Artists pushing the boundaries or going the extra mile are always worth talking about so meet Korean artist JeeYoung Lee who put together crazy dream-like worlds that she then use them as a back drop for her imaginative self-portrait photos.
The artist builds all this in a 10-by-20-foot studio and we heat that some constructions can take months! you can catch a glimpse of her portraits at the Opiom Gallery in Opio, France, February 7 to March 7, 2014.
When Ole Kirk Christiansen came up with the idea of that brick we call LEGO, I can say with confidence that he was most probably miles away from thinking that one day, people all aver the world would use his brick, and in some cases, ton of them to create pieces of art.
There is even today some sort of art movement that has sprung. How about that?
One very recent example of the frenzy that surrounds LEGO and art can be this life-sized Star Wars X-Wing fighter that was made from 5,335,200 individual bricks. Yes you heard it, over 5 millions of brick were used. It was 11 feet tall, 43 feet long 44 feet wide, and weighed almost 46,000 pounds. This is, as of today the largest model ever built.
But while some art purists may argue that the Brick X Wing is not really art but more a clever engineering poroject, and we would tend to agree, some other artists we feel, have really taken the brick and turn into an art medium.
Nathan Sawaya is certainly one if these artists (we already published something about him) and has gained a recognisable art LEGO style with his Dali-esque statues that are intricate and perception-bending. We have included some of Nathan Sawaya’s works at the bottom of this post.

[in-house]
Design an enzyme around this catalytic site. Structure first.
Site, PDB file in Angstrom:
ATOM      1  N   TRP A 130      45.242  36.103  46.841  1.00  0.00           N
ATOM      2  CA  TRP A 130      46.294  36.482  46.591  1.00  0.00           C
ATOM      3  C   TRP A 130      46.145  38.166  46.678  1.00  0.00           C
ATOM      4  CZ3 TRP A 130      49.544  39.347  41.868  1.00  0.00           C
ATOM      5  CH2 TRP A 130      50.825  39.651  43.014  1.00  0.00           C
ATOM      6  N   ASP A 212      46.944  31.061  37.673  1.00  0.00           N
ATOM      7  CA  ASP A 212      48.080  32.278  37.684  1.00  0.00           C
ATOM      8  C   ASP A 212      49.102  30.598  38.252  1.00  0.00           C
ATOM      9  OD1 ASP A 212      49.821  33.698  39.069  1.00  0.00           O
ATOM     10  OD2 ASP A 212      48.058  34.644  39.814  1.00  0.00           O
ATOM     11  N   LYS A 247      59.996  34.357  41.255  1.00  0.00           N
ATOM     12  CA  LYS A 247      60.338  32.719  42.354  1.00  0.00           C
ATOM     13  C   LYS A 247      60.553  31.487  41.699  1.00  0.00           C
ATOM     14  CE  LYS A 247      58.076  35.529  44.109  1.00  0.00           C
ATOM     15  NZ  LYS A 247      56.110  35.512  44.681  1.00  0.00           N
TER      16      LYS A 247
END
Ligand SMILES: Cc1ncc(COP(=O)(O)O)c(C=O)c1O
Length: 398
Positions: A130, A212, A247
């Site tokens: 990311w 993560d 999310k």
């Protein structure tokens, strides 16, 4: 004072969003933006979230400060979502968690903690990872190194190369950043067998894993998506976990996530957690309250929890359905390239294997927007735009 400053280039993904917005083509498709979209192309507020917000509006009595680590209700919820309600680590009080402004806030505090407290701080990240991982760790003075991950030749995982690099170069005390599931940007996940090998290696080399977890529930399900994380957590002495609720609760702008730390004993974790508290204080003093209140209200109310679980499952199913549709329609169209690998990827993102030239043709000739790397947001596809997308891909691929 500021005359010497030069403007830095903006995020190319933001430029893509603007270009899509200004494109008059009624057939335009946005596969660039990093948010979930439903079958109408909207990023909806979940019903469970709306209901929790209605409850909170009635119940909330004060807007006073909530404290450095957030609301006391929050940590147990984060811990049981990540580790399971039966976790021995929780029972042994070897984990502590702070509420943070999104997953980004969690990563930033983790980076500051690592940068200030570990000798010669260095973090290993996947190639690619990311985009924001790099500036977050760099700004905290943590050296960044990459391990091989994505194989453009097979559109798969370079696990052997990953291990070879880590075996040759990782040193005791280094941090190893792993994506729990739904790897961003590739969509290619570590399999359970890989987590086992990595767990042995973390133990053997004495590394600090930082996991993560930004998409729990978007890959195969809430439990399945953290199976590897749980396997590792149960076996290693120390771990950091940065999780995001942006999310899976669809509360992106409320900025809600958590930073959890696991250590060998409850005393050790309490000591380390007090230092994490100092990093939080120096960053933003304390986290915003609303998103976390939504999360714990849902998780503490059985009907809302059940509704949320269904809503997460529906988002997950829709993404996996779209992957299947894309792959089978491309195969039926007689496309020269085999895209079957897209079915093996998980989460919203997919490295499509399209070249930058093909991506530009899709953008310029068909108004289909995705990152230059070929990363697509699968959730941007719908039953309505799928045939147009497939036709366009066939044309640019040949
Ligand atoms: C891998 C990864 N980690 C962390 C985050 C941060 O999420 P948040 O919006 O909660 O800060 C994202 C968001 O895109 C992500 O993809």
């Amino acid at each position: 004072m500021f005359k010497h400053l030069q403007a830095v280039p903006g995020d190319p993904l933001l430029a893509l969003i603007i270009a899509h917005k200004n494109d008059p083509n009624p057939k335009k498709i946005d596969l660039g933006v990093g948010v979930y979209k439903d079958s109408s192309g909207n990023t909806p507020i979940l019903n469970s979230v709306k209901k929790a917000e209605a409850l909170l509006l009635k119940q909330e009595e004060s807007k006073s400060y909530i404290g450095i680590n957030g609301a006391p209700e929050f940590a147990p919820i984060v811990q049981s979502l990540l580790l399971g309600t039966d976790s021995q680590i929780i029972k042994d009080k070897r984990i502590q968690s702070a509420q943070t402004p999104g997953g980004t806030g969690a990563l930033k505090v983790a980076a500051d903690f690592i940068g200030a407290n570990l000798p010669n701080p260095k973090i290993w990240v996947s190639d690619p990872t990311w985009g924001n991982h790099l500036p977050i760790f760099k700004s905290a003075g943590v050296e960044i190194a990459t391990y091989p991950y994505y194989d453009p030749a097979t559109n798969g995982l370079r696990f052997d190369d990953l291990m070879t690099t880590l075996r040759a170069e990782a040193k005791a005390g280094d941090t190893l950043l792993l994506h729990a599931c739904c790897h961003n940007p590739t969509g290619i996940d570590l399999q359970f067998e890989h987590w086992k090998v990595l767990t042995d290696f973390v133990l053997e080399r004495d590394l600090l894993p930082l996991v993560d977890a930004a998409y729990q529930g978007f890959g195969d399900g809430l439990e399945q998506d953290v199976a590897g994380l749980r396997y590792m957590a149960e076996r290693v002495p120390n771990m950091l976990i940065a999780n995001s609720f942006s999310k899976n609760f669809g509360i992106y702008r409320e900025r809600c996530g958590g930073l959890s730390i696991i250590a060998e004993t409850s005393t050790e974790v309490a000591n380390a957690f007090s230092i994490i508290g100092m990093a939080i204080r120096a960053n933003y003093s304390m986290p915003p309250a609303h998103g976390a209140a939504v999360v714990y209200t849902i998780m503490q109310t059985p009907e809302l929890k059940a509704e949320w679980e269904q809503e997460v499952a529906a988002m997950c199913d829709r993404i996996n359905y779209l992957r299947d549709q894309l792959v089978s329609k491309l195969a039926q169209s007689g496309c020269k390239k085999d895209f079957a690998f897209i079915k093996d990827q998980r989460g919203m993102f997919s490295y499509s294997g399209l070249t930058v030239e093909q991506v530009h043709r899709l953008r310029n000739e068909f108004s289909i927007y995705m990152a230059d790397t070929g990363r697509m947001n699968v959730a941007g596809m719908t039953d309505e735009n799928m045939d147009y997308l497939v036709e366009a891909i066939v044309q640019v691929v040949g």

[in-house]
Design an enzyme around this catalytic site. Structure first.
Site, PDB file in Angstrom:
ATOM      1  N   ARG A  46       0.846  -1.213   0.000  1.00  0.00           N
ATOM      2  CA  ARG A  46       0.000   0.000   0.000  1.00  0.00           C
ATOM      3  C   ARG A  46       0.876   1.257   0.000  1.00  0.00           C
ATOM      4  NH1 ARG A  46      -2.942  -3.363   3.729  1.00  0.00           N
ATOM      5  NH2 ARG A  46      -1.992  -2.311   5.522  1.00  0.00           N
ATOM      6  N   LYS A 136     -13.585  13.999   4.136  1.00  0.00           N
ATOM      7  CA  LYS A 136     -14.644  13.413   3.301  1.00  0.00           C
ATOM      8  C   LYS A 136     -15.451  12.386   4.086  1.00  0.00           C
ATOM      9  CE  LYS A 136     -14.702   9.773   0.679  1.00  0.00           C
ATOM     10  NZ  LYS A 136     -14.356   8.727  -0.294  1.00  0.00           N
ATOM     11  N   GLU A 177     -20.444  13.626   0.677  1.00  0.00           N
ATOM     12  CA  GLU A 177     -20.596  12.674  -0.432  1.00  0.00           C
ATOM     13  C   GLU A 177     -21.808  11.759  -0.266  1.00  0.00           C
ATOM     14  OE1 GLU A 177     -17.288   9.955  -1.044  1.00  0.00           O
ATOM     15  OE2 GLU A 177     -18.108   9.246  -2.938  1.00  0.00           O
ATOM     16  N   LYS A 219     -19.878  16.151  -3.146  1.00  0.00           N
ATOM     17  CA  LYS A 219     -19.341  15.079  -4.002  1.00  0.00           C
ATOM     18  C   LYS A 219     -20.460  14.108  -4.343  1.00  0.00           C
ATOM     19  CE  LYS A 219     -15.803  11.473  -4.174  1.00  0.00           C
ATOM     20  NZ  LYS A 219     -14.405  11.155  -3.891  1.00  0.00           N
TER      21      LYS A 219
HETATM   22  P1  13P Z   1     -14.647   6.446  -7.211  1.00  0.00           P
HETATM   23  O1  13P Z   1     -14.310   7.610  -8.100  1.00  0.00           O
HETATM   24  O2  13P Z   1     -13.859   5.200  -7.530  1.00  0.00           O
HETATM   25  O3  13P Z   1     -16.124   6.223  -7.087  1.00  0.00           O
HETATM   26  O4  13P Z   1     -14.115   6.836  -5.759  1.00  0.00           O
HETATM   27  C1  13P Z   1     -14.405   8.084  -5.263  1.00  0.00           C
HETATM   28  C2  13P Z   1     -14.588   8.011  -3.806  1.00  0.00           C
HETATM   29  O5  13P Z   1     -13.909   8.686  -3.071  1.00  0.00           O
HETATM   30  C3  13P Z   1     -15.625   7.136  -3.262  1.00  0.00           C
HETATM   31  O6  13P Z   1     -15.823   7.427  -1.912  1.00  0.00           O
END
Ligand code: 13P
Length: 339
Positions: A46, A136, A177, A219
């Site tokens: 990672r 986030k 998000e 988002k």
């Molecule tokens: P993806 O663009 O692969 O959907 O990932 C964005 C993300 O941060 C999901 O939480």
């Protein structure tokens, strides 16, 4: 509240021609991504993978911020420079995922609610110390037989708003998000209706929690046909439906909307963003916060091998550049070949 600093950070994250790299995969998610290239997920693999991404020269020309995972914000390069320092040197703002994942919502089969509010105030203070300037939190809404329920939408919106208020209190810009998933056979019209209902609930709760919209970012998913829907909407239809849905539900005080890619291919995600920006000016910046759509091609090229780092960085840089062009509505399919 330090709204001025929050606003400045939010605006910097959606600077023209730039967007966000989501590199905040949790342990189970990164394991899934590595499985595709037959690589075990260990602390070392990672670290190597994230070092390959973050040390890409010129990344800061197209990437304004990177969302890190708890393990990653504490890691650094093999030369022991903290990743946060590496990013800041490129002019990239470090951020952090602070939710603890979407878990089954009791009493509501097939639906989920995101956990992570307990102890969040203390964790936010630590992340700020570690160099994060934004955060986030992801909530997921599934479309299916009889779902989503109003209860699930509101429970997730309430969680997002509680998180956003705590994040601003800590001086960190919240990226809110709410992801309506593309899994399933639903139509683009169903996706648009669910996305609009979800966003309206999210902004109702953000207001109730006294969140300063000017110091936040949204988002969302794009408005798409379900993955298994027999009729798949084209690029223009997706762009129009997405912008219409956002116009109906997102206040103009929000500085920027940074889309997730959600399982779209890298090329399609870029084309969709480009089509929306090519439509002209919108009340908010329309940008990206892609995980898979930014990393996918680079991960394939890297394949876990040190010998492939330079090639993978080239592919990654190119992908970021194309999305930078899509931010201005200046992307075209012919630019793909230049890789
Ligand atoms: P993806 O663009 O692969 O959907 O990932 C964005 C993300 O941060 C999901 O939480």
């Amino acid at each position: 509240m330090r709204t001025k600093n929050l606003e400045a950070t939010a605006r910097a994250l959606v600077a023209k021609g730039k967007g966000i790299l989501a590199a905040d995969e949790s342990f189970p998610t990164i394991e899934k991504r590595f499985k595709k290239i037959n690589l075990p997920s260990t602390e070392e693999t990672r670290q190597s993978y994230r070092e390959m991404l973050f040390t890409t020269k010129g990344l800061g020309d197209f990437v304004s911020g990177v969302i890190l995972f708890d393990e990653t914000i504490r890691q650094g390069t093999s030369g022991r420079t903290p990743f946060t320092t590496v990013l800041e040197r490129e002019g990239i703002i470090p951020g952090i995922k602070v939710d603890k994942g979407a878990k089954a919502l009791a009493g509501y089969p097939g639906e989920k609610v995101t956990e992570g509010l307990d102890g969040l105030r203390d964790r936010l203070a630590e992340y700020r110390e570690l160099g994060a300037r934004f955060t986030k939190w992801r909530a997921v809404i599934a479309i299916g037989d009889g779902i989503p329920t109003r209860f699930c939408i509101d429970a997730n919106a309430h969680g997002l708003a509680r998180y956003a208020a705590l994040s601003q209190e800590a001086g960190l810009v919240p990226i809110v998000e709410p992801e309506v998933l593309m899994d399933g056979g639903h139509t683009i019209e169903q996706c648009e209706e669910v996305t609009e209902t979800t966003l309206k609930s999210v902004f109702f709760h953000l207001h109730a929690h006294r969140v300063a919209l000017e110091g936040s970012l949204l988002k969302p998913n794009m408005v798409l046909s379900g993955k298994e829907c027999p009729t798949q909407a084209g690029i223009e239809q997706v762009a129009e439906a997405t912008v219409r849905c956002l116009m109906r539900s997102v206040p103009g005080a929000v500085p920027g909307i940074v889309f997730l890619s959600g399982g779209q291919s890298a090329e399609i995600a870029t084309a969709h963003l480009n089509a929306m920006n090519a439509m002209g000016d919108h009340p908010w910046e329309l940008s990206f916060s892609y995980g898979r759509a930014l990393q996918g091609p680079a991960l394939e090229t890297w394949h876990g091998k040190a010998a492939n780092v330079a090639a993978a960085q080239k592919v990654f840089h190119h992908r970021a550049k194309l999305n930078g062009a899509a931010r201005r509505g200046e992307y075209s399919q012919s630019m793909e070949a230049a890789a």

Other interesting artists are Katie Walker who builds mosaics, we have included one example below.
Take two thing a large number of us have manipulated once in their lives: LEGO and chalk. Take it further and create something too amazing for not writing something up about it. Dutchman Peter Westerink and a few other helping hands must have astonished a few by-passers with their 100m2 3D creation depicting a army of LEGO men Terracotta style.
You will see below, pictures showing the steps these guys has to go through. Oh and did I mention that it took 6 full days to a crew of four artists (Leon Keer, who also came up with the design, Remko Van Schaik, Ruben Poncia and Peter Westerink) to get this leaped out if the concrete floor. No surprise that the Sarasota Chalk Festival in Florida was chosen, imagine doing that at Glastonbury festival where it is very likely to rain and wash out a pile of efforts.
A grid is first laid out using chalk, then painted over with white paint before being removed and a mammoth task begins: filling.
Peter and his crew (and many other artists) are part of Planet Streetpainting is a collaborative of international street painters